One of the fattest cities in America just so happens to also have one of the highest death rates from the Wuhan coronavirus (COVID-19), a correlation that experts say is no coincidence.
As it turns out, being obese greatly increases one’s risk of dying from the coronavirus, which at least partially explains why New Orleans currently has a death rate that’s seven times higher than that of New York, and a whopping 10 times higher than that of Seattle.
When asked to comment on this disparity, doctors and public health officials, in conjunction with available scientific data, all seem to agree that being fat is the biggest – no pun intended – elephant in the room.
“We’re just sick,” stated Rebekah Gee, Louisiana’s former Health Secretary and the current head of Louisiana State University‘s healthcare services division, about the situation. “We already had tremendous healthcare disparities before this pandemic – one can only imagine they are being amplified now.”
Like New York and Seattle, New Orleans was one of the early “hot spots” where cases of the Wuhan coronavirus (COVID-19) began to soar much more quickly than in other areas of the country. And early on, it became apparent that more people were dying there compared to any other.
Because New Orleans residents suffer from significantly higher rates of not just obesity but also diabetes and hypertension, experts determined that this is probably why more people in the Big Easy are succumbing to the virus, as well as dying from it.
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It’s not just New Orleans but the entirety of Louisiana that has a high obesity rate, along with high rates of diabetes and hypertension. This would explain why diabetes has been identified in 40 percent of deaths thus far, along with obesity in 25 percent of deaths; chronic kidney disease in 23 percent of deaths; and cardiac problems in 21 percent of deaths.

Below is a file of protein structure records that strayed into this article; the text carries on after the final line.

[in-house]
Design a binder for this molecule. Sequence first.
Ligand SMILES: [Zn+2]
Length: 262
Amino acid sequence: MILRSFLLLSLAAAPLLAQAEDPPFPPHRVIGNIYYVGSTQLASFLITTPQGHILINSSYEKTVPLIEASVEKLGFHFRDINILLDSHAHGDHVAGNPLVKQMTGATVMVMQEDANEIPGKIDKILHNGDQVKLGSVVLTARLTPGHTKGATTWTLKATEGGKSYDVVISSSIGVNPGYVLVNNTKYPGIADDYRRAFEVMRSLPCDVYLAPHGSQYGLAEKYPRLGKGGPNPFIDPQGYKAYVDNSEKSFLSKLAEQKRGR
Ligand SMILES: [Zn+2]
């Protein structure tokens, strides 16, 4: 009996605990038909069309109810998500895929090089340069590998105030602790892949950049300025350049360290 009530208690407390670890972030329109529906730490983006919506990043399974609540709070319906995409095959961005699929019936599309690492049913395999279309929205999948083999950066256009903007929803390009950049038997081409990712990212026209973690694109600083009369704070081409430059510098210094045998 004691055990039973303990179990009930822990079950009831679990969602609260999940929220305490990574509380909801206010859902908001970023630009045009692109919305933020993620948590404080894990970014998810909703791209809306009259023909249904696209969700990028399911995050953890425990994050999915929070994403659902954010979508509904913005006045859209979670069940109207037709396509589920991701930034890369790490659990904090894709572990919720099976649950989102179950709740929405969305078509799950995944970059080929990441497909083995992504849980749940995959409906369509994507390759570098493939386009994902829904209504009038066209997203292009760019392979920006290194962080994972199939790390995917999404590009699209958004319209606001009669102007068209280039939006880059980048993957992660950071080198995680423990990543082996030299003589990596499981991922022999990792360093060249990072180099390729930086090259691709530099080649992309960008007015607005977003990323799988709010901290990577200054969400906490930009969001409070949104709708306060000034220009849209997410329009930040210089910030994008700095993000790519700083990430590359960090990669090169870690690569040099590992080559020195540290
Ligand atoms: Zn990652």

All in all, some 97 percent of deaths from the Wuhan coronavirus (COVID-19) in Louisiana thus far occurred in people with these and/or other preexisting health conditions, which lends credence to the notion that this virus is most serious in folks who aren’t healthy at the onset.
Many believe that this data is a harbinger for other southern states, which are also among the fattest in the country. States like Alabama and South Carolina could see similarly high death rates from COVID-19 because they, too, have higher-than-average obesity rates.
The United States Centers for Disease Control and Prevention (CDC) is reporting that across the board, 78 percent of Wuhan coronavirus (COVID-19) patients that have been admitted to intensive care units (ICUs) had an underlying health condition such as diabetes, cardiovascular disease or chronic lung disease.
“What we worry about here is that we have more people in our communities with those conditions,” stated Dr. Joseph Kanter, an emergency department doctor and the top public health official in New Orleans.
“We’re more vulnerable than other communities, and the number of deaths we’ve seen illustrates that.”
Currently, New Orleans ranks as one of the worst cities in America for obesity, diabetes and high blood pressure. Nearly half of the population has high blood pressure, while 36 percent of residents are said to be obese.
“The burden of disease in Louisiana and the Deep South is higher than in the rest of the country,” Gee added.
More of the latest news about the Wuhan coronavirus (COVID-19) is available at Pandemic.news.
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